I thought this was going to happen… but not as quickly as this. What am I referring to? Well, Adobe just announced the end of CS. Once upon a time software was distributed on a physical medium. Magnetic medium was in the beginning. Then at some stage it became optical (CDROM)… Now none. Software has truly become “soft”. Adobe coined the name “Creative Suite” and that was a very good idea in the way that Adobe would bundle and integrate software. Now the new term is “Creative Cloud”.
Adobe Creative Suite 6 is the last of the Creative Suites. Who would have guessed that CS6 would be the end of the road? Imagine back in the 1990s, when Premiere was nothing in the eyes of editing professionals. Could they have ever imagined that Premiere would be what it is today? Let’s consider three years ago, did anyone think that CS6 would be the last? The 6th generation is where this ends? No. I don’t think so. Many editors would consider it natural to think there would always be another CS to follow.
It is like the FCP editors. FCP 5, FCP 6, FCP 7 and …. FCP X. Ten??? What happened to 8 and 9? FCP ends at 7? That’s it? Now we have FCP X. The point is that no one predicts the end. And does everyone like the idea of software being in the Cloud? YES they do… well, the theory is that it is good. But also, NO they don’t like it. It’s a YES/NO situation.
Focusing on the biggest ugliest pimple of the idea of cloud based software, the puss filled cream center about to explode is the cost. A monthly subscription appears cheaper. Great, only $50 US Dollars a month. Sounds cheap. But compared to a traditional upgrade of approximately US $500, the monthly rate would only give us 10 months of service. It is in the long run more expensive. It’s a major commitment. For those who think about the long term financial implication and obligation to pay Adobe… it’s a serious concern. Do I have to pay Adobe forever to be able to access my files? What if I only wanted to take a 5 minute peek, would I have to pay the whole month’s rent?
The Internet world has already begun splitting into two groups. Those who like CC (Creative Cloud) and those who want to preserve their precious CS.
This action by Adobe is a risky one. My own opinion is that it is too early to force people into CC. It has been done over the course of what I see as twelve months. I am not aware of any existence of CC before April 2012. The implementation period needed to be longer to allow the wider community to gradually welcome and adopt Creative Cloud. To allow the skeptics to slowly understand and feel safe to let go of their DVD install discs. To let those on a budget make the most of their investment in genuine software. To allow businesses to control their cash flow.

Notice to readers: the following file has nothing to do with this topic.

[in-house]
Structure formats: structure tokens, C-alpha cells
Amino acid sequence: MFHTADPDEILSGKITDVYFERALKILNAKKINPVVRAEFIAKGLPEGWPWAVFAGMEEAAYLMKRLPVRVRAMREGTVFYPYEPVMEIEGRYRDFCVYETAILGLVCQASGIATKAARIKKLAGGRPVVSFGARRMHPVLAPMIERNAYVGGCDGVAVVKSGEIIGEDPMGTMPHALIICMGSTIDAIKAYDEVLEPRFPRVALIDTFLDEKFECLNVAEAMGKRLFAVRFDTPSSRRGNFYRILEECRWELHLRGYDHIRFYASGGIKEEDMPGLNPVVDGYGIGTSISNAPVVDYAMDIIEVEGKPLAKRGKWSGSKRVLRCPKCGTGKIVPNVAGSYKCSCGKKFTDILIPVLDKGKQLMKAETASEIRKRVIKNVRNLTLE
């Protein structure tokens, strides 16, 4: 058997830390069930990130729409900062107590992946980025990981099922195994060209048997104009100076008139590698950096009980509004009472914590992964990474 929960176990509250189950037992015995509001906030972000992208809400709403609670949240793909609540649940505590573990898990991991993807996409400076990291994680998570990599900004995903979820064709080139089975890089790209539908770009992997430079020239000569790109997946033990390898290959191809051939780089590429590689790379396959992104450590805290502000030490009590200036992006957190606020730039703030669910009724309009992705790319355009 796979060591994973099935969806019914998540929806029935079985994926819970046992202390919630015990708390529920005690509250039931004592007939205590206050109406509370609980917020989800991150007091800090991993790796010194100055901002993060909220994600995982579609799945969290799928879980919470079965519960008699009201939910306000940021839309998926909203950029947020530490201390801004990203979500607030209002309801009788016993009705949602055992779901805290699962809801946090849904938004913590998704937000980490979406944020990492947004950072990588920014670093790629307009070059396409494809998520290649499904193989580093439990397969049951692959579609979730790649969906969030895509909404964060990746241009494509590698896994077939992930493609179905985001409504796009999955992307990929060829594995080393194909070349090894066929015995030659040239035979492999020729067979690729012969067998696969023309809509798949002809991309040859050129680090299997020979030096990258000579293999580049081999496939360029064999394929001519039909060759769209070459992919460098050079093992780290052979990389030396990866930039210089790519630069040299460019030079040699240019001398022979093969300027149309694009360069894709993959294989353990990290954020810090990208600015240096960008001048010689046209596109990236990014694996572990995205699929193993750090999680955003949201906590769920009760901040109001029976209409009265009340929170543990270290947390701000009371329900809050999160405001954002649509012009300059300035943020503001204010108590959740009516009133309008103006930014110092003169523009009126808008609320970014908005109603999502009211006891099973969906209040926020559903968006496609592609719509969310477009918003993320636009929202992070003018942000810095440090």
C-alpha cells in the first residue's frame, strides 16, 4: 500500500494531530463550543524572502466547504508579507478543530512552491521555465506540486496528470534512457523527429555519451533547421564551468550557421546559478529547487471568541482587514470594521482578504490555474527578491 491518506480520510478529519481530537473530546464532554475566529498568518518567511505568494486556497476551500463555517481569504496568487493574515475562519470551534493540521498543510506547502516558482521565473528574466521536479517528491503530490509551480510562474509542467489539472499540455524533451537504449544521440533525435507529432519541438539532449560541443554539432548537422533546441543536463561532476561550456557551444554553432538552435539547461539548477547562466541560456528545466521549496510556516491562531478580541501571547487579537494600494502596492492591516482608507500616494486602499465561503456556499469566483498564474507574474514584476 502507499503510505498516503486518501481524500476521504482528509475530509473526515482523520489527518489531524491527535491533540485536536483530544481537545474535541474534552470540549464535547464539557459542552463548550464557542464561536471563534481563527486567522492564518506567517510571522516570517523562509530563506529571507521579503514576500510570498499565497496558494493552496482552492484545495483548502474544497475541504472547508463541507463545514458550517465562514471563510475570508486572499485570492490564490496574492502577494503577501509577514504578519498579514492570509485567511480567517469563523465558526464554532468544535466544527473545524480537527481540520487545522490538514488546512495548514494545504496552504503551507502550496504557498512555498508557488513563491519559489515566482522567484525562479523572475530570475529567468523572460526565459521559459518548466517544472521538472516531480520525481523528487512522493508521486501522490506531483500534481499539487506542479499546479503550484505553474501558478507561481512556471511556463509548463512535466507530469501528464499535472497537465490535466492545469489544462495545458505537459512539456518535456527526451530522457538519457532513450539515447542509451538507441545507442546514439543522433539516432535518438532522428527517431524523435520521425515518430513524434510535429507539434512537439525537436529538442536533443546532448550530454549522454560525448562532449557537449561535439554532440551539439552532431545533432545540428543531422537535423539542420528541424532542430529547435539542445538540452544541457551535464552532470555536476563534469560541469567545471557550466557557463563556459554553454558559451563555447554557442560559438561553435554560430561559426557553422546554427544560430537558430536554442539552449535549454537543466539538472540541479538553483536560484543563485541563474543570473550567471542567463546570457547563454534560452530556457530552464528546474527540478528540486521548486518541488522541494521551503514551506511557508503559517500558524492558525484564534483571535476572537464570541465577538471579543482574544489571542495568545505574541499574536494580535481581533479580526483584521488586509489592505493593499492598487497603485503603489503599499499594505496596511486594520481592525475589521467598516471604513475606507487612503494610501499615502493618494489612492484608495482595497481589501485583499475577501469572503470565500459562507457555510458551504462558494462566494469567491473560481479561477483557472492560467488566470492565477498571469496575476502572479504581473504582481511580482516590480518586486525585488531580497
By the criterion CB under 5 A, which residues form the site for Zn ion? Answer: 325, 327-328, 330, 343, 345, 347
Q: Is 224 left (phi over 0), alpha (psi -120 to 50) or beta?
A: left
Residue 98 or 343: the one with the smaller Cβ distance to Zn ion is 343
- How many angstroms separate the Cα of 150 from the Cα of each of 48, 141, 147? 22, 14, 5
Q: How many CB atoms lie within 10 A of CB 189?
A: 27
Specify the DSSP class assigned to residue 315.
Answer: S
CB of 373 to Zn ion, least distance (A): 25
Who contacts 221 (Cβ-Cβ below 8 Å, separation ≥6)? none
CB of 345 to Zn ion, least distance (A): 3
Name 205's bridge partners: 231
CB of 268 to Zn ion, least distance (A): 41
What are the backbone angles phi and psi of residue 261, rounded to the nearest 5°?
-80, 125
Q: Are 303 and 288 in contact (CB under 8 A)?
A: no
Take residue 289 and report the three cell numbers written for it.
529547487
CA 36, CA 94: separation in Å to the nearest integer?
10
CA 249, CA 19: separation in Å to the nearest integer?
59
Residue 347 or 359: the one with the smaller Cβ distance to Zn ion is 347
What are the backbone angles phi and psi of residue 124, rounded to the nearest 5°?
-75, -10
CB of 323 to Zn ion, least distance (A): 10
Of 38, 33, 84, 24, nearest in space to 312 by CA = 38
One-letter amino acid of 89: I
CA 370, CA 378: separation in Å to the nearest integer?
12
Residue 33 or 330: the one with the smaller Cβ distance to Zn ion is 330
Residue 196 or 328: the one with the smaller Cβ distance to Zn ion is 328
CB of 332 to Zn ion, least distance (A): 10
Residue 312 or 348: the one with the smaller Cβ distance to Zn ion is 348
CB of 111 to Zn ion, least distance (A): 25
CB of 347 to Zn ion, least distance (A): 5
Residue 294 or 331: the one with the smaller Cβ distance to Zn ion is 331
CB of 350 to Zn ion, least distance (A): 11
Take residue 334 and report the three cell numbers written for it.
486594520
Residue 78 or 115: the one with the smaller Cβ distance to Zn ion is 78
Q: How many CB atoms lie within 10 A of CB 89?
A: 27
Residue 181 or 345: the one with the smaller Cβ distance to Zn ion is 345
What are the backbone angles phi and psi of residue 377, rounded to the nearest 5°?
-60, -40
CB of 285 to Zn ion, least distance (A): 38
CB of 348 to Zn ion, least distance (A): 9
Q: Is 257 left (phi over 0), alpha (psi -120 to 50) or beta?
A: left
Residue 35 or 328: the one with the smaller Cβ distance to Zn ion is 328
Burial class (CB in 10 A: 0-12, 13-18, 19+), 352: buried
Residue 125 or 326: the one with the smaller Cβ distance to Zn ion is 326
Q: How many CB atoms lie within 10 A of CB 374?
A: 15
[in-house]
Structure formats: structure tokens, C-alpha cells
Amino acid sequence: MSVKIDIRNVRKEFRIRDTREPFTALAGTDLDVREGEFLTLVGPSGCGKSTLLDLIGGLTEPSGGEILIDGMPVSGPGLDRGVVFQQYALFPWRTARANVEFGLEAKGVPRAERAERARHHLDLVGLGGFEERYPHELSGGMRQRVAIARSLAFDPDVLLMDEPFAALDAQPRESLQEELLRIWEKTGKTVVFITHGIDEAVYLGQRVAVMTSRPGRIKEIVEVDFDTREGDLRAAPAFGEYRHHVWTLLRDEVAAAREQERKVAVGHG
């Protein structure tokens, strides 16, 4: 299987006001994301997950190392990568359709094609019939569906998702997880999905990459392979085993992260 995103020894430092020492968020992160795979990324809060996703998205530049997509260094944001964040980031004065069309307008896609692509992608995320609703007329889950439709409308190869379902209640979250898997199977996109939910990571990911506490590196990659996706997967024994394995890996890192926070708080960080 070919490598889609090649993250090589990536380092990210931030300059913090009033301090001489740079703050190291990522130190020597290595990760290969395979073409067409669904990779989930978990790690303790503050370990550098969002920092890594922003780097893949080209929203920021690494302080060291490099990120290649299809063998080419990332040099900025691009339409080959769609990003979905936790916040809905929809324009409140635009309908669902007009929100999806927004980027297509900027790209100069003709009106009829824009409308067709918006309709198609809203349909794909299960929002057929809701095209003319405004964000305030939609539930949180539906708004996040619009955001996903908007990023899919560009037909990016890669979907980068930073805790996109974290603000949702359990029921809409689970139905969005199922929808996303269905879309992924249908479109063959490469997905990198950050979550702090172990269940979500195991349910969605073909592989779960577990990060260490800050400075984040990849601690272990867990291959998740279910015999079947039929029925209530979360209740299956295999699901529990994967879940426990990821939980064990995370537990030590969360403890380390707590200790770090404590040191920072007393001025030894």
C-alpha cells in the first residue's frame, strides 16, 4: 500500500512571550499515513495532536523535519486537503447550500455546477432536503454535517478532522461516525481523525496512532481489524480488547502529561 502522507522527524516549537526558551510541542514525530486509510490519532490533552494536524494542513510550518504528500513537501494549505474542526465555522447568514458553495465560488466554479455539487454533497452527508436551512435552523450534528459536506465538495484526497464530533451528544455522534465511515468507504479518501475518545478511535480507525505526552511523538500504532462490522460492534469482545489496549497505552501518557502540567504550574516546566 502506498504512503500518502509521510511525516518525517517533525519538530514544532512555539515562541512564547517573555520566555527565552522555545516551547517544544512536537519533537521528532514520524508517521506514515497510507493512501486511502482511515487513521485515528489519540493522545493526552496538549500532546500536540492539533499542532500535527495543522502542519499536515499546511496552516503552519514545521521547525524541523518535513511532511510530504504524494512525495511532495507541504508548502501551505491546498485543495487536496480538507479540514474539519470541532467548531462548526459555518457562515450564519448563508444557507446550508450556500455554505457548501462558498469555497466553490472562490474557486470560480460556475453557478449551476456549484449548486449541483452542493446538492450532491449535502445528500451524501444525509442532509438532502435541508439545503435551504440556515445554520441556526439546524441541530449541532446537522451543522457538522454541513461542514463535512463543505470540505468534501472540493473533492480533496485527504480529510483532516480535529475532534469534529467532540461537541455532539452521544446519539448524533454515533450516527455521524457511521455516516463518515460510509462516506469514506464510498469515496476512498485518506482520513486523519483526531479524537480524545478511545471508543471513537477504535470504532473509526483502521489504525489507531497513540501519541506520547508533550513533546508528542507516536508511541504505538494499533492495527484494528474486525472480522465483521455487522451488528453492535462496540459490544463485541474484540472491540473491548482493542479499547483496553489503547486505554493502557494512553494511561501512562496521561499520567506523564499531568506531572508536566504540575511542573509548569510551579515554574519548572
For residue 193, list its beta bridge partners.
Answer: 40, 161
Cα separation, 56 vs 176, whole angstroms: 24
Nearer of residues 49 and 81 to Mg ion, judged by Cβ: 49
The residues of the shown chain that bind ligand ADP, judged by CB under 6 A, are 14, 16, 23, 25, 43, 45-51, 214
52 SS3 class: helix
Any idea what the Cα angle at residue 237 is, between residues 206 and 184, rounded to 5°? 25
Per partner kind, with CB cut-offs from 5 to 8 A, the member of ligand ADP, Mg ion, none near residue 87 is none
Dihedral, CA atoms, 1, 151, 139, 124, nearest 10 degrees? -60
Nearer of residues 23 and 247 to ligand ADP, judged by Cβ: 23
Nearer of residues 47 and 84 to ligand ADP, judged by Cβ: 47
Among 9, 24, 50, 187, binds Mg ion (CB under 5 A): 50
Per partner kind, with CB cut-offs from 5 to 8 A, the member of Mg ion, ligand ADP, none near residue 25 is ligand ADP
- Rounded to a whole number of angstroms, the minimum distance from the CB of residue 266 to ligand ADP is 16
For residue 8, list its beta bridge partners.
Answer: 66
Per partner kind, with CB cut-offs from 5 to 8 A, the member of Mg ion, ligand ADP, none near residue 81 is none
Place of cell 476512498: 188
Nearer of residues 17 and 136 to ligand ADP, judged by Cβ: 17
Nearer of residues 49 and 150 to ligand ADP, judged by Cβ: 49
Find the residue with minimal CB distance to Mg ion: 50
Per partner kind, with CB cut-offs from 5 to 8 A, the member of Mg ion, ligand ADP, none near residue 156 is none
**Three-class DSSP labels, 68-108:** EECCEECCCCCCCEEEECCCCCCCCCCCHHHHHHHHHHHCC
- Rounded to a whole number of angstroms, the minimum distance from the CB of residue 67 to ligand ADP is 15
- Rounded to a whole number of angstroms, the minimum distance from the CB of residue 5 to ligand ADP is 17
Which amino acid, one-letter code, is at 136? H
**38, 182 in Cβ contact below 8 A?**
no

Apple made a mistake with the launch of FCP X. As far as I am concerned FCP X is a good piece of software but it is not what everyone wants. I have never used it but seen people’s videos and tutorials, it has a lot of good to offer. However, Apple forced FCP editors to accept something that not everyone wanted. It tore through the post production universe… It’s still hard to believe that there is no more FCP, the software that stabbed Avid in the heart and changed the editing world forever. It has reached the end of its life.
So will Adobe face similar “attacks of rejection” like FCP X by the Adobe community for forcefully imposing CC? I expect they will. To what extent is hard to predict.
For Mufasa, I just want life to be easy when it comes to what software we should use. We still use FCP a lot. It works very well. I cannot see it disappearing quickly. Premiere though was becoming more significant with every project and CS6 impresses me a lot. I will upgrade our version of CS5 to 6 now. But I have no plans to join Creative Cloud. I have had Avid since Xpress DV 3.0 on Windows 2000 from its release in 2002. I currently have a copy of Media Composer and I have always had a special love for Avid’s software but used it very rarely since 2006. In the background is Lightworks and as a very low cost alternative, perhaps that may have a chance to be revived. I will try Lightworks once it is available on Linux. After CS6 and beyond, I feel that there is going to be a lot of exciting change to come.
How users of software and hardware behave is very exciting to follow. Just because a company or product is a leader, it does not mean it will maintain the lead for eternity. The world changes. And with Adobe CC, the unexpected brings with it the winds of change. Will these winds favor Adobe or will it allow Avid great opportunity if they maintain traditional software licensing practices? I still keep my Avid Dongle, just cannot let go of that thing. Lets see what happens…
Written by James Iles
08 May 2013